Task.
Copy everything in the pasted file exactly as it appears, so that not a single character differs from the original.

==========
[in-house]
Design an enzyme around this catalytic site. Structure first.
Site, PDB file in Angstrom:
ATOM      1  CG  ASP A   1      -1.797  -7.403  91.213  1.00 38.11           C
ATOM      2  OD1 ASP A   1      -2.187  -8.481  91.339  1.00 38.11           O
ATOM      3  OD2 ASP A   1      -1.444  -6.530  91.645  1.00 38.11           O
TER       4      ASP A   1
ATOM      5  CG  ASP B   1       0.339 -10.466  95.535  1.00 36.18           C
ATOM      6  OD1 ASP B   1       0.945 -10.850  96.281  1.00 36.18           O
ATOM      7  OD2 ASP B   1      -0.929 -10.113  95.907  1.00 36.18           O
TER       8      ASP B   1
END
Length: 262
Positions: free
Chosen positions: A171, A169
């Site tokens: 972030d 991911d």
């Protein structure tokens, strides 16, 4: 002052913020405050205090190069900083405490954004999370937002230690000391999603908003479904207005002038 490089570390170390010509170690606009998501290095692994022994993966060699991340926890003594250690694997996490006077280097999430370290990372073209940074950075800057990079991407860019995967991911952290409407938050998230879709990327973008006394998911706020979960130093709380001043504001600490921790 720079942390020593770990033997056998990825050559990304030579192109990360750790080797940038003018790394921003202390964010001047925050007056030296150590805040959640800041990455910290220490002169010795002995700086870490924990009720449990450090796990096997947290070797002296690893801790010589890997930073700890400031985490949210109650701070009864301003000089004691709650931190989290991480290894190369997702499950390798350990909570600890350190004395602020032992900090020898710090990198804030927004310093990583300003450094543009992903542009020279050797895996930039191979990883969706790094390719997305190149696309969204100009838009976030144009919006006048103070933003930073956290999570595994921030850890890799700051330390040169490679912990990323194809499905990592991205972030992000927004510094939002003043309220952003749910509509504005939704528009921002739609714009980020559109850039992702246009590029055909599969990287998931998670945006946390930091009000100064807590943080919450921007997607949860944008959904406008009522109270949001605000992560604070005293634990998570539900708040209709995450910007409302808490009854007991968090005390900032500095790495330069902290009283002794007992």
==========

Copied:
[in-house]
Design an enzyme around this catalytic site. Structure first.
Site, PDB file in Angstrom:
ATOM      1  CG  ASP A   1      -1.797  -7.403  91.213  1.00 38.11           C
ATOM      2  OD1 ASP A   1      -2.187  -8.481  91.339  1.00 38.11           O
ATOM      3  OD2 ASP A   1      -1.444  -6.530  91.645  1.00 38.11           O
TER       4      ASP A   1
ATOM      5  CG  ASP B   1       0.339 -10.466  95.535  1.00 36.18           C
ATOM      6  OD1 ASP B   1       0.945 -10.850  96.281  1.00 36.18           O
ATOM      7  OD2 ASP B   1      -0.929 -10.113  95.907  1.00 36.18           O
TER       8      ASP B   1
END
Length: 262
Positions: free
Chosen positions: A171, A169
């Site tokens: 972030d 991911d």
């Protein structure tokens, strides 16, 4: 002052913020405050205090190069900083405490954004999370937002230690000391999603908003479904207005002038 490089570390170390010509170690606009998501290095692994022994993966060699991340926890003594250690694997996490006077280097999430370290990372073209940074950075800057990079991407860019995967991911952290409407938050998230879709990327973008006394998911706020979960130093709380001043504001600490921790 720079942390020593770990033997056998990825050559990304030579192109990360750790080797940038003018790394921003202390964010001047925050007056030296150590805040959640800041990455910290220490002169010795002995700086870490924990009720449990450090796990096997947290070797002296690893801790010589890997930073700890400031985490949210109650701070009864301003000089004691709650931190989290991480290894190369997702499950390798350990909570600890350190004395602020032992900090020898710090990198804030927004310093990583300003450094543009992903542009020279050797895996930039191979990883969706790094390719997305190149696309969204100009838009976030144009919006006048103070933003930073956290999570595994921030850890890799700051330390040169490679912990990323194809499905990592991205972030992000927004510094939002003043309220952003749910509509504005939704528009921002739609714009980020559109850039992702246009590029055909599969990287998931998670945006946390930091009000100064807590943080919450921007997607949860944008959904406008009522109270949001605000992560604070005293634990998570539900708040209709995450910007409302808490009854007991968090005390900032500095790495330069902290009283002794007992």